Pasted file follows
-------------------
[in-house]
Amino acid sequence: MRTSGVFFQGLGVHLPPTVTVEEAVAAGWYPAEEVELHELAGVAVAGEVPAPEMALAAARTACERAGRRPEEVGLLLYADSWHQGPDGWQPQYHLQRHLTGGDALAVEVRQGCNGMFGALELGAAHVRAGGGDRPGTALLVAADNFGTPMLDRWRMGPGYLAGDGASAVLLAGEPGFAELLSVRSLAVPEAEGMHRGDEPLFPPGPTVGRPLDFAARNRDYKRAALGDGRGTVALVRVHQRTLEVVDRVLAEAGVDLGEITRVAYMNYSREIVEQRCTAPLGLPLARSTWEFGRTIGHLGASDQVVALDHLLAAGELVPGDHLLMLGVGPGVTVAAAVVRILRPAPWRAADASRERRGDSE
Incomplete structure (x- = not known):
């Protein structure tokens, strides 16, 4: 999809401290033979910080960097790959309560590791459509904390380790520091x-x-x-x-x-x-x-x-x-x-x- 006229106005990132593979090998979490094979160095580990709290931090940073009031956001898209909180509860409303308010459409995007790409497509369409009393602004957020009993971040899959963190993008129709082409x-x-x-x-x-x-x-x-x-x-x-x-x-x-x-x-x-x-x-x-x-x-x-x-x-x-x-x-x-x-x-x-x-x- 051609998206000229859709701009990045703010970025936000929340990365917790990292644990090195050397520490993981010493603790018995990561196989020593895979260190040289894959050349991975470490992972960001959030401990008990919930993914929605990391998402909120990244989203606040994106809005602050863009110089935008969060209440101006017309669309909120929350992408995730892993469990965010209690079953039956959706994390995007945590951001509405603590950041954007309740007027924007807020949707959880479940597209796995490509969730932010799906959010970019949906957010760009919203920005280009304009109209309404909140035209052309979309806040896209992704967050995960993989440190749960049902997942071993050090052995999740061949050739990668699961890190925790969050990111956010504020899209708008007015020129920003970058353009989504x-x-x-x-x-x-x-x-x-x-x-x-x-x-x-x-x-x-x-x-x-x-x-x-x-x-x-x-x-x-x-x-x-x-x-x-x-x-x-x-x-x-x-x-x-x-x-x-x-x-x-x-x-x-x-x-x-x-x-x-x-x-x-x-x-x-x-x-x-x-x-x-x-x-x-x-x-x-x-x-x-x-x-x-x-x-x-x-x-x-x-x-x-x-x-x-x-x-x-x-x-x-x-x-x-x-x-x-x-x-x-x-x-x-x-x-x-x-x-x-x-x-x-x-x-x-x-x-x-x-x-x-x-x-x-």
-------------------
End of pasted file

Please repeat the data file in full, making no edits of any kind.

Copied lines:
[in-house]
Amino acid sequence: MRTSGVFFQGLGVHLPPTVTVEEAVAAGWYPAEEVELHELAGVAVAGEVPAPEMALAAARTACERAGRRPEEVGLLLYADSWHQGPDGWQPQYHLQRHLTGGDALAVEVRQGCNGMFGALELGAAHVRAGGGDRPGTALLVAADNFGTPMLDRWRMGPGYLAGDGASAVLLAGEPGFAELLSVRSLAVPEAEGMHRGDEPLFPPGPTVGRPLDFAARNRDYKRAALGDGRGTVALVRVHQRTLEVVDRVLAEAGVDLGEITRVAYMNYSREIVEQRCTAPLGLPLARSTWEFGRTIGHLGASDQVVALDHLLAAGELVPGDHLLMLGVGPGVTVAAAVVRILRPAPWRAADASRERRGDSE
Incomplete structure (x- = not known):
């Protein structure tokens, strides 16, 4: 999809401290033979910080960097790959309560590791459509904390380790520091x-x-x-x-x-x-x-x-x-x-x- 006229106005990132593979090998979490094979160095580990709290931090940073009031956001898209909180509860409303308010459409995007790409497509369409009393602004957020009993971040899959963190993008129709082409x-x-x-x-x-x-x-x-x-x-x-x-x-x-x-x-x-x-x-x-x-x-x-x-x-x-x-x-x-x-x-x-x-x- 051609998206000229859709701009990045703010970025936000929340990365917790990292644990090195050397520490993981010493603790018995990561196989020593895979260190040289894959050349991975470490992972960001959030401990008990919930993914929605990391998402909120990244989203606040994106809005602050863009110089935008969060209440101006017309669309909120929350992408995730892993469990965010209690079953039956959706994390995007945590951001509405603590950041954007309740007027924007807020949707959880479940597209796995490509969730932010799906959010970019949906957010760009919203920005280009304009109209309404909140035209052309979309806040896209992704967050995960993989440190749960049902997942071993050090052995999740061949050739990668699961890190925790969050990111956010504020899209708008007015020129920003970058353009989504x-x-x-x-x-x-x-x-x-x-x-x-x-x-x-x-x-x-x-x-x-x-x-x-x-x-x-x-x-x-x-x-x-x-x-x-x-x-x-x-x-x-x-x-x-x-x-x-x-x-x-x-x-x-x-x-x-x-x-x-x-x-x-x-x-x-x-x-x-x-x-x-x-x-x-x-x-x-x-x-x-x-x-x-x-x-x-x-x-x-x-x-x-x-x-x-x-x-x-x-x-x-x-x-x-x-x-x-x-x-x-x-x-x-x-x-x-x-x-x-x-x-x-x-x-x-x-x-x-x-x-x-x-x-x-």